Now (I repeat) unless we have some just idea of our hearts and of sin, we can have no right idea of a Moral Governor, a Saviour or a Sanctifier… for it is in proportion as we search our hearts and understand our own nature, that we understand what is meant by an Infinite Governor and Judge… God speaks to us primarily in our hearts. Self-knowledge is the key to the precepts and doctrines of Scriptures.
Having established the parameters of our relationship with God, at a later stage of the sermon, he continues explaining the development of this relationship:
First of all, self-knowledge does not come as a matter of course; it implies an effort and a work. As well may we suppose, that the knowledge of the languages comes by nature, as that acquaintance with our own heart is natural. Now the very effort of steadily reflecting, is itself painful to many men; not to speak of the difficulty of reflecting correctly. To ask ourselves why we do this or that, to take account of the principles which govern us, and see whether we act for conscience’ sake or from some lower inducement, is painful.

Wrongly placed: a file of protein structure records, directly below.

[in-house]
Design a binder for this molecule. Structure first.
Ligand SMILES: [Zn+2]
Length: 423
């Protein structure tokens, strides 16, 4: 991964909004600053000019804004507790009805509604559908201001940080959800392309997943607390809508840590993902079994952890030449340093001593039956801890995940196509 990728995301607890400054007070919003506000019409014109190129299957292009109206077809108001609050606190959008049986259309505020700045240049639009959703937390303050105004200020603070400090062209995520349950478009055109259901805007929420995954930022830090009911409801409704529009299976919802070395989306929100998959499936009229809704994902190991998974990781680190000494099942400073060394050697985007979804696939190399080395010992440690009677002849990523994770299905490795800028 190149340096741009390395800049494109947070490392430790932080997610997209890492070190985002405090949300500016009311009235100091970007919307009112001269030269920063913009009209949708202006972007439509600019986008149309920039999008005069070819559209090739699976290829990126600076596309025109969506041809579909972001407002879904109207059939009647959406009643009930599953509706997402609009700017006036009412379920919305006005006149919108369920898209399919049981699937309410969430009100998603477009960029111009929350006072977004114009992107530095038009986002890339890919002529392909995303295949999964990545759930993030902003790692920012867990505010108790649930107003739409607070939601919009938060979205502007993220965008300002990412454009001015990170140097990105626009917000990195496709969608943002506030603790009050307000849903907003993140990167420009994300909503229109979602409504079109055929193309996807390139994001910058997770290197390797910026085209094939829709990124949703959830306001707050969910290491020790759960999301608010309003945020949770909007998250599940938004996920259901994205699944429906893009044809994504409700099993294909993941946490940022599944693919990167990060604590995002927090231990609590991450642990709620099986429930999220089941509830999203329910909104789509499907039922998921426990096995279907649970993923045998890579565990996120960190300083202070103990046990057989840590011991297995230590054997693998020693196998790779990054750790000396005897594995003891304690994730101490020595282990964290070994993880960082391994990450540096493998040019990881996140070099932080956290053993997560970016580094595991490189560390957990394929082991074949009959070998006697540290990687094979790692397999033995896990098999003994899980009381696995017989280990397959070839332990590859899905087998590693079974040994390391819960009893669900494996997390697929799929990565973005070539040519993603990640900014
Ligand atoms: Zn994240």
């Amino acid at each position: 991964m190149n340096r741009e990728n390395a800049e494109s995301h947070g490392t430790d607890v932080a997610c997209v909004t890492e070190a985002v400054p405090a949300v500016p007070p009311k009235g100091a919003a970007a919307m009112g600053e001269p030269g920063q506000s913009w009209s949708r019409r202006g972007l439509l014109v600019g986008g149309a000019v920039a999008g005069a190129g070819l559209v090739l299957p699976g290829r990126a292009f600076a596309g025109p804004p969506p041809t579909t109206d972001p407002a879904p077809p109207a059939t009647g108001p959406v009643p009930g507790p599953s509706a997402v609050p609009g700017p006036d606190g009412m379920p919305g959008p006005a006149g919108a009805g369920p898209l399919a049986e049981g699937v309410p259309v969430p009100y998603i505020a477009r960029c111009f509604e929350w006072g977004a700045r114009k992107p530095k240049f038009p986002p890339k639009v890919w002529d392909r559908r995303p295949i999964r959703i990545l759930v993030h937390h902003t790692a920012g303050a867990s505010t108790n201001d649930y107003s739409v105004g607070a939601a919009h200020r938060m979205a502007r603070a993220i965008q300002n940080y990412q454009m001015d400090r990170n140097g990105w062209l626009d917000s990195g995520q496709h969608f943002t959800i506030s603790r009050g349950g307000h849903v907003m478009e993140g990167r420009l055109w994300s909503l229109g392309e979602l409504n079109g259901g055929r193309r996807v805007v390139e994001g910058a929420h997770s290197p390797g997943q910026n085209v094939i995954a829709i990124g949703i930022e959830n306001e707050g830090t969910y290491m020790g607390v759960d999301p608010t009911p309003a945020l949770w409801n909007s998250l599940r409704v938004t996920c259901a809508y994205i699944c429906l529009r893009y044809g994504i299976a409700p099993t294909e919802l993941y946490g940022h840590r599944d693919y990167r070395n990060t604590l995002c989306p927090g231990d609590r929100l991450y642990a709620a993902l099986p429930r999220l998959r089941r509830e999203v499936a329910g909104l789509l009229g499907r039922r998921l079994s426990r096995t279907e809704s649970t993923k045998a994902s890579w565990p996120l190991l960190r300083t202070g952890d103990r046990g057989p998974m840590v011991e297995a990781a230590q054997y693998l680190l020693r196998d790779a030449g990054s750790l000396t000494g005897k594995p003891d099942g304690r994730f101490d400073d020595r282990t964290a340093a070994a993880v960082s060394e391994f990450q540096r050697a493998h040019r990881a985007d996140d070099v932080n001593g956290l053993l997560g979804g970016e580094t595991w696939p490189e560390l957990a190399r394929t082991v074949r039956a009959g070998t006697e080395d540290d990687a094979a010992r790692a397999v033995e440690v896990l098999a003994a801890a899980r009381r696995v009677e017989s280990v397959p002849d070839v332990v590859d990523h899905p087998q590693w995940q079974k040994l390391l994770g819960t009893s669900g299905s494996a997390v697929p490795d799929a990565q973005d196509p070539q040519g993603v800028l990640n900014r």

The knowledge resulting from the heart, questions our whole being and doing. It also encounters and favours that yearning which is never fully satisfied. It is a type of knowledge which concerns our relationship with Him, and in as much as He is infinite, so are the possibilities of that knowledge.
Truth, therefore, concerns the heart as much as it engages the mind. It ardently asks not only for honesty as an attitude of the intellect, but it also begs for conscientiousness, as an attitude of the heart. Truth, therefore, can only be a sign of growth in its convergence with the gift of God’s presence, as reflected in his word. Truth can only be strengthened with the force that comes from prayer, since these two, God’s word and prayer, favour the way to real knowledge.